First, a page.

The Weinberg Institute for Cognitive Science is funded through a generous $7.7 million gift from Marshall M. Weinberg (’50).
The institute houses the existing undergraduate major in Cognitive Science (which began in January 2014), The Marshall M. Weinberg Cognitive Science Symposium (begun in 2009), and will house an anticipated Graduate Certificate Program in Cognitive Science.
The interdisciplinary nature of cognitive science fosters students' exploration of complex issues concerning how the brain and mind work. Faculty, undergraduates, and graduate students all interact in unique interdisciplinary collaborations, inside and out of the classroom. Graduate students from the supporting disciplines work with undergraduates in teaching and laboratory settings.
The institute supports teaching innovations—including interdisciplinary team teaching—visiting faculty, and innovations in cognitive science, as well as additional research and faculty initiatives.
Courses within the 4-track undergraduate major, beyond the required gateway course, CogSci 200: Introduction to Cognitive Science, are offered through the departments of Linguistics, Philosophy, Psychology, Statistics, Economics, Electrical Engineering, Political Science, and Computer Science. In addition, the Weinberg Institute offers a Certificate in Cognitive Science for students completing required interdisciplinary coursework and research experiences at the graduate level.
"Over the years in talking to students and faculty, I have realized that interdisciplinary learning has the most meaningful impact," Weinberg said. "As a result, I created the Weinberg Cognitive Science Symposium, which has explored a variety of cognitive issues. That success led to the formation of the institute. It is my hope that Michigan students will continue to unlock secrets of the brain.
"The Weinberg Symposia have examined significant and timely issues, such as bilingual brain research, the rationality of thought, and the use of neuroscience data in legal judgments of guilt and innocence. The creation of the institute enables faculty and students to examine more of these important and provocative questions."
After graduating from Michigan in 1950, Weinberg spent a year in the graduate program in Philosophy at Harvard University. He later transferred to the Columbia Graduate School of Business and was then employed at the New York investment firm Herzfeld & Stern, where he spent his professional career.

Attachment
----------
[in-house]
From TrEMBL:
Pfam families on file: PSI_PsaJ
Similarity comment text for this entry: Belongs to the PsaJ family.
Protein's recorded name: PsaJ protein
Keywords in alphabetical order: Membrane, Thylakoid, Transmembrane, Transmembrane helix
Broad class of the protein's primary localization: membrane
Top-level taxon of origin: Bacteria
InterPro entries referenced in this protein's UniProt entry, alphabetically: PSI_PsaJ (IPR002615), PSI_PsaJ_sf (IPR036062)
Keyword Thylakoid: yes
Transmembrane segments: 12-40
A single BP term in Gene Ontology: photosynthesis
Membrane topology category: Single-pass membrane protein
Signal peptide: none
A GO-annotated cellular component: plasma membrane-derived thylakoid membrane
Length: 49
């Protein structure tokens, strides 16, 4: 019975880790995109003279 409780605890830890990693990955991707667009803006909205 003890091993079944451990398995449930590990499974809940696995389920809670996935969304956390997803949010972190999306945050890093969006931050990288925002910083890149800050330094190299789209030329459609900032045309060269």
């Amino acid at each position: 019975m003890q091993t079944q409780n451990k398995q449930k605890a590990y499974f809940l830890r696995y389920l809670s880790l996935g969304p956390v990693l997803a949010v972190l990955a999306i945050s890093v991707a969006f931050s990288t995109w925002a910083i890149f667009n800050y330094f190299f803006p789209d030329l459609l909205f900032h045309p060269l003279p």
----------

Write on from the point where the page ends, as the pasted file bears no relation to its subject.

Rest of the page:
Weinberg's philanthropy encompasses higher education, reproductive rights—through the Center for Reproductive Rights and Law—and issues in international justice.
At Michigan, Weinberg supports Judaic Studies, the Population Studies Center, the School of Natural Resources and Environment, and the Department of Philosophy, in addition to the Weinberg Institute for Cognitive Science.
He appreciates the importance of graduate education in the humanities and with this institute addresses a number of specific programmatic needs.
"Marshall Weinberg's vision and exceptional generosity will create unprecedented opportunities for students and faculty to examine the human mind from an interdisciplinary perspective," said Susan Gelman, the Heinz Werner Distinguished University Professor of Psychology.
Sam Epstein, the director of the Weinberg Institute, an Arthur F. Thurnau Professor, and a professor of linguistics, praised Weinberg's vision for “recognizing not only the deep intellectual challenge of and inherent human fascination with cognitive science, but the importance of developing a scientific understanding of who we are as thinking, feeling, and conscious creatures.”
In 2008, Mr. Weinberg received the David B. Hermelin Award for Fundraising Volunteer Leadership, the university's most prestigious award for volunteers. He received an honorary Doctor of Laws degree at Spring Commencement at Michigan Stadium on May 3, 2014.
(Excerpts from The University Record: Maryann George’s story; June 24, 2014 and Philosophy Department Website)